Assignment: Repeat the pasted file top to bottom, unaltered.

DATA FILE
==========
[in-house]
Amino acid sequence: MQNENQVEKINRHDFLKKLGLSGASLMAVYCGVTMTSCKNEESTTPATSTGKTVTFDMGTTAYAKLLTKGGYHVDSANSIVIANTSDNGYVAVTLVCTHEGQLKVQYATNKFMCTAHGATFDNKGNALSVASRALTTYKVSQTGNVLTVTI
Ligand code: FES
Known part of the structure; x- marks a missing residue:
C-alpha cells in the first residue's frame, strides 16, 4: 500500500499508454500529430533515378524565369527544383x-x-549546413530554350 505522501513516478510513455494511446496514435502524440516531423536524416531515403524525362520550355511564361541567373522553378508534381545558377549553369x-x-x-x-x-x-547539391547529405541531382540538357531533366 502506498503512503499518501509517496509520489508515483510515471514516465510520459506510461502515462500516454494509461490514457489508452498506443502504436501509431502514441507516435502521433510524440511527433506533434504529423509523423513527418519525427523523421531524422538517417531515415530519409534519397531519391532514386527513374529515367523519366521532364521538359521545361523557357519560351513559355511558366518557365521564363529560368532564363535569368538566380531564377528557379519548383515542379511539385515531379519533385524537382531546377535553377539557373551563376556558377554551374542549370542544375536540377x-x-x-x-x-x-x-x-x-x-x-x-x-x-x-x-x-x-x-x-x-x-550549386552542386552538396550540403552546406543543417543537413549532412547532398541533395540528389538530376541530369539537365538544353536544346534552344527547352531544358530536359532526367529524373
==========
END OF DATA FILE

[in-house]
Amino acid sequence: MQNENQVEKINRHDFLKKLGLSGASLMAVYCGVTMTSCKNEESTTPATSTGKTVTFDMGTTAYAKLLTKGGYHVDSANSIVIANTSDNGYVAVTLVCTHEGQLKVQYATNKFMCTAHGATFDNKGNALSVASRALTTYKVSQTGNVLTVTI
Ligand code: FES
Known part of the structure; x- marks a missing residue:
C-alpha cells in the first residue's frame, strides 16, 4: 500500500499508454500529430533515378524565369527544383x-x-549546413530554350 505522501513516478510513455494511446496514435502524440516531423536524416531515403524525362520550355511564361541567373522553378508534381545558377549553369x-x-x-x-x-x-547539391547529405541531382540538357531533366 502506498503512503499518501509517496509520489508515483510515471514516465510520459506510461502515462500516454494509461490514457489508452498506443502504436501509431502514441507516435502521433510524440511527433506533434504529423509523423513527418519525427523523421531524422538517417531515415530519409534519397531519391532514386527513374529515367523519366521532364521538359521545361523557357519560351513559355511558366518557365521564363529560368532564363535569368538566380531564377528557379519548383515542379511539385515531379519533385524537382531546377535553377539557373551563376556558377554551374542549370542544375536540377x-x-x-x-x-x-x-x-x-x-x-x-x-x-x-x-x-x-x-x-x-x-550549386552542386552538396550540403552546406543543417543537413549532412547532398541533395540528389538530376541530369539537365538544353536544346534552344527547352531544358530536359532526367529524373